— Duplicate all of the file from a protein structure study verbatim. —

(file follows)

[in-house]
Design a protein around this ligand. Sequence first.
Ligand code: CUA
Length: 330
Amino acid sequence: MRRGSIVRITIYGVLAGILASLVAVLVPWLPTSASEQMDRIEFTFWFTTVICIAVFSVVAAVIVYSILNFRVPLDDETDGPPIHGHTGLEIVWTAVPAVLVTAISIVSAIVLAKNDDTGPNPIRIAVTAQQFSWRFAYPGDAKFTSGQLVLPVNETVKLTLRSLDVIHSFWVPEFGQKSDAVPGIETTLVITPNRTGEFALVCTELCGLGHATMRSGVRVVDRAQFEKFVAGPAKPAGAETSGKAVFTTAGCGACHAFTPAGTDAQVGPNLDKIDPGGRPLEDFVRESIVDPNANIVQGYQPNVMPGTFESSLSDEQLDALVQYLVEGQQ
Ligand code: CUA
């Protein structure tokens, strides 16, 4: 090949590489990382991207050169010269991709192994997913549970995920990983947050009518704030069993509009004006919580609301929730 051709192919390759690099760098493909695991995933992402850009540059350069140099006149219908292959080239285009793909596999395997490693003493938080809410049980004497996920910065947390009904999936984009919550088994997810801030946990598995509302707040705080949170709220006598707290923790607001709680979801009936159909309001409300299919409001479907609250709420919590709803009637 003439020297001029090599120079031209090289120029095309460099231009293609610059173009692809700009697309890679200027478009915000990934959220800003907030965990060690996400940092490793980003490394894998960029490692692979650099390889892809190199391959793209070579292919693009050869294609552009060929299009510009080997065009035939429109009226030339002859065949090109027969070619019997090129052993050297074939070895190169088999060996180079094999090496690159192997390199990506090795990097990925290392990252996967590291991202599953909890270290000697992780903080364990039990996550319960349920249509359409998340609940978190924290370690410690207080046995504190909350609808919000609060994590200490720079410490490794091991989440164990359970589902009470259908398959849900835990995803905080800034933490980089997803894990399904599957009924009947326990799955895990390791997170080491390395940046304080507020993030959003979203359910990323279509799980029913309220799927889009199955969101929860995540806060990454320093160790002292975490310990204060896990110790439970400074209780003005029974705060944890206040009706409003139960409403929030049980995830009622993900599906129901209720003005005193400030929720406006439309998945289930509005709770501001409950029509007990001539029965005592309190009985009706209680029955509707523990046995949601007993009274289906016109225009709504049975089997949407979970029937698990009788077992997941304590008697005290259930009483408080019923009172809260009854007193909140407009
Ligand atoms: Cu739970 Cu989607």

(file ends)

[in-house]
Design a protein around this ligand. Sequence first.
Ligand code: CUA
Length: 330
Amino acid sequence: MRRGSIVRITIYGVLAGILASLVAVLVPWLPTSASEQMDRIEFTFWFTTVICIAVFSVVAAVIVYSILNFRVPLDDETDGPPIHGHTGLEIVWTAVPAVLVTAISIVSAIVLAKNDDTGPNPIRIAVTAQQFSWRFAYPGDAKFTSGQLVLPVNETVKLTLRSLDVIHSFWVPEFGQKSDAVPGIETTLVITPNRTGEFALVCTELCGLGHATMRSGVRVVDRAQFEKFVAGPAKPAGAETSGKAVFTTAGCGACHAFTPAGTDAQVGPNLDKIDPGGRPLEDFVRESIVDPNANIVQGYQPNVMPGTFESSLSDEQLDALVQYLVEGQQ
Ligand code: CUA
């Protein structure tokens, strides 16, 4: 090949590489990382991207050169010269991709192994997913549970995920990983947050009518704030069993509009004006919580609301929730 051709192919390759690099760098493909695991995933992402850009540059350069140099006149219908292959080239285009793909596999395997490693003493938080809410049980004497996920910065947390009904999936984009919550088994997810801030946990598995509302707040705080949170709220006598707290923790607001709680979801009936159909309001409300299919409001479907609250709420919590709803009637 003439020297001029090599120079031209090289120029095309460099231009293609610059173009692809700009697309890679200027478009915000990934959220800003907030965990060690996400940092490793980003490394894998960029490692692979650099390889892809190199391959793209070579292919693009050869294609552009060929299009510009080997065009035939429109009226030339002859065949090109027969070619019997090129052993050297074939070895190169088999060996180079094999090496690159192997390199990506090795990097990925290392990252996967590291991202599953909890270290000697992780903080364990039990996550319960349920249509359409998340609940978190924290370690410690207080046995504190909350609808919000609060994590200490720079410490490794091991989440164990359970589902009470259908398959849900835990995803905080800034933490980089997803894990399904599957009924009947326990799955895990390791997170080491390395940046304080507020993030959003979203359910990323279509799980029913309220799927889009199955969101929860995540806060990454320093160790002292975490310990204060896990110790439970400074209780003005029974705060944890206040009706409003139960409403929030049980995830009622993900599906129901209720003005005193400030929720406006439309998945289930509005709770501001409950029509007990001539029965005592309190009985009706209680029955509707523990046995949601007993009274289906016109225009709504049975089997949407979970029937698990009788077992997941304590008697005290259930009483408080019923009172809260009854007193909140407009
Ligand atoms: Cu739970 Cu989607």